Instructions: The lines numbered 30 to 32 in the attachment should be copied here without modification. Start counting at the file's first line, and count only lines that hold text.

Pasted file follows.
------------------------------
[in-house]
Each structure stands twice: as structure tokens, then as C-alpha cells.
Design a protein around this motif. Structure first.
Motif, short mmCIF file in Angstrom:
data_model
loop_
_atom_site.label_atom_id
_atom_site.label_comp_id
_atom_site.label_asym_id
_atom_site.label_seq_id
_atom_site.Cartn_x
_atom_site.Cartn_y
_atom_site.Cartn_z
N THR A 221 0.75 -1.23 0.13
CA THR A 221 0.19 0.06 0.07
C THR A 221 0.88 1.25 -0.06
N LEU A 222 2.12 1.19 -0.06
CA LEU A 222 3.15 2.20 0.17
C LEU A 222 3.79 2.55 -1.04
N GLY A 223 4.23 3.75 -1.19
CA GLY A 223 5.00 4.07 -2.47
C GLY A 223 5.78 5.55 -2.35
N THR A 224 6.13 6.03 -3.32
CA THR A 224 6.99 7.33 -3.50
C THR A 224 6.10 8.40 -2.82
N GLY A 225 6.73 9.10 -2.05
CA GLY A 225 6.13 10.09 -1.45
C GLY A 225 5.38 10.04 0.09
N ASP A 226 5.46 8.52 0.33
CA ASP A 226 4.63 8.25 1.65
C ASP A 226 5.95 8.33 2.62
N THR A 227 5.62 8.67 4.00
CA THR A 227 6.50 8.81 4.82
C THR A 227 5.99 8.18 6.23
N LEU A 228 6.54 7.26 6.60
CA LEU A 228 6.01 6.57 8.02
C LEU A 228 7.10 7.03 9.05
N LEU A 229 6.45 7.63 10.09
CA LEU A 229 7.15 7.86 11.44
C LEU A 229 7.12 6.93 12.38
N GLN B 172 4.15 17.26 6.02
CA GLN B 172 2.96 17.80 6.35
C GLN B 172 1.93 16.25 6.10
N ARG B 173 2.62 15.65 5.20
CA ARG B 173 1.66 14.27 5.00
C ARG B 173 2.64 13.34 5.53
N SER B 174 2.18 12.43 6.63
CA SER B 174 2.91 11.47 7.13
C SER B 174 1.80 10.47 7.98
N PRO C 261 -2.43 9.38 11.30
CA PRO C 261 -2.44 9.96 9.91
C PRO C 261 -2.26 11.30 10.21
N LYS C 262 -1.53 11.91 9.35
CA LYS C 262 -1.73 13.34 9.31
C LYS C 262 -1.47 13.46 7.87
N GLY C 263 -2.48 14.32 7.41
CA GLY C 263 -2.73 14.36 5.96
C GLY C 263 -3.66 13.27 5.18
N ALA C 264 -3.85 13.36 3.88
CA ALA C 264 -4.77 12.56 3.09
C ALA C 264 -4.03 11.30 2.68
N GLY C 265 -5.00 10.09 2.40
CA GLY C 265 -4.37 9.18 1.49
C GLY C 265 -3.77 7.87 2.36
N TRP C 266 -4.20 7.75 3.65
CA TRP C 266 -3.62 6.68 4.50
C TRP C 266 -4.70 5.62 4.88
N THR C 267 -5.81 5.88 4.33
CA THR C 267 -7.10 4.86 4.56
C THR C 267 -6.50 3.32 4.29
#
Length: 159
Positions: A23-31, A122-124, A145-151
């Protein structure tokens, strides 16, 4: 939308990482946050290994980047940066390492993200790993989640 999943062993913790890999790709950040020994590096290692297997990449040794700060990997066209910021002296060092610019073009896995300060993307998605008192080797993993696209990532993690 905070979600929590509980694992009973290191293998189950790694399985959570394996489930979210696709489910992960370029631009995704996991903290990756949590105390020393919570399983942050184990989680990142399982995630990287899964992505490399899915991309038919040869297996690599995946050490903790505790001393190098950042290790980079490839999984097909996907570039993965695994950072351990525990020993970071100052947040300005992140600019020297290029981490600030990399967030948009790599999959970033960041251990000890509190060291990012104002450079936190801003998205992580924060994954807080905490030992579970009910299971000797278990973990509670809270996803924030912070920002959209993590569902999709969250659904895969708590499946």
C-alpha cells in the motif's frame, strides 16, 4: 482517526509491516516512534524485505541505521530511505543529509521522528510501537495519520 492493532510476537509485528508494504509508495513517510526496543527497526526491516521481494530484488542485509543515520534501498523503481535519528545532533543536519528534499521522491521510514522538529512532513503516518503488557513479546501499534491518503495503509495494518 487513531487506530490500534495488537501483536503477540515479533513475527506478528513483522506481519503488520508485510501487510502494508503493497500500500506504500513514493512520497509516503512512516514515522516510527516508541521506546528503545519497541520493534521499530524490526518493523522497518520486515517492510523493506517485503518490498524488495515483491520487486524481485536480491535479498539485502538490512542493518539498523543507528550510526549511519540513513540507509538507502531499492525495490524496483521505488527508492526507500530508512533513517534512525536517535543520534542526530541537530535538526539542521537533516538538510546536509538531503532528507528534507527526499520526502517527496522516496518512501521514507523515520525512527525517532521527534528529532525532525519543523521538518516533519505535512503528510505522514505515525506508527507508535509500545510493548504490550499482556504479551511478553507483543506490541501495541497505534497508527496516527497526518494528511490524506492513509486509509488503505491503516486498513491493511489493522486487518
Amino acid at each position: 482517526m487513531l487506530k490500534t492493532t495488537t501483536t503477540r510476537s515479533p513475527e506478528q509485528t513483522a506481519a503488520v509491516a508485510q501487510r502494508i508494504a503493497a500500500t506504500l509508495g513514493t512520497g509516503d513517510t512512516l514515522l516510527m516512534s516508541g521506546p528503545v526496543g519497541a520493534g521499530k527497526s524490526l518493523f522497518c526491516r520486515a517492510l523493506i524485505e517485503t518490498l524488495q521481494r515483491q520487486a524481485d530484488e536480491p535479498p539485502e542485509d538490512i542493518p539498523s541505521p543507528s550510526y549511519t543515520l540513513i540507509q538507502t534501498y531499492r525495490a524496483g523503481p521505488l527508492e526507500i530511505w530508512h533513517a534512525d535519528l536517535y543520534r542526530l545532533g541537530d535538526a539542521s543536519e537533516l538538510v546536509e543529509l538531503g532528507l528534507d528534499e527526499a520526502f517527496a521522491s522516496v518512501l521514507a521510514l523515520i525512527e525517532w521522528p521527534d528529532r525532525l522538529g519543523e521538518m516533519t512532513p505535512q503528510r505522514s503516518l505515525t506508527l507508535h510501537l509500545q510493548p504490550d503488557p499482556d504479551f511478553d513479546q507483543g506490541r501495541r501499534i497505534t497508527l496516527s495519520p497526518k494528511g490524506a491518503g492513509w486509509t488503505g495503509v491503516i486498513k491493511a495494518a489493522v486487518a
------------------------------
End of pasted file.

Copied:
CA ASP A 226 4.63 8.25 1.65
C ASP A 226 5.95 8.33 2.62
N THR A 227 5.62 8.67 4.00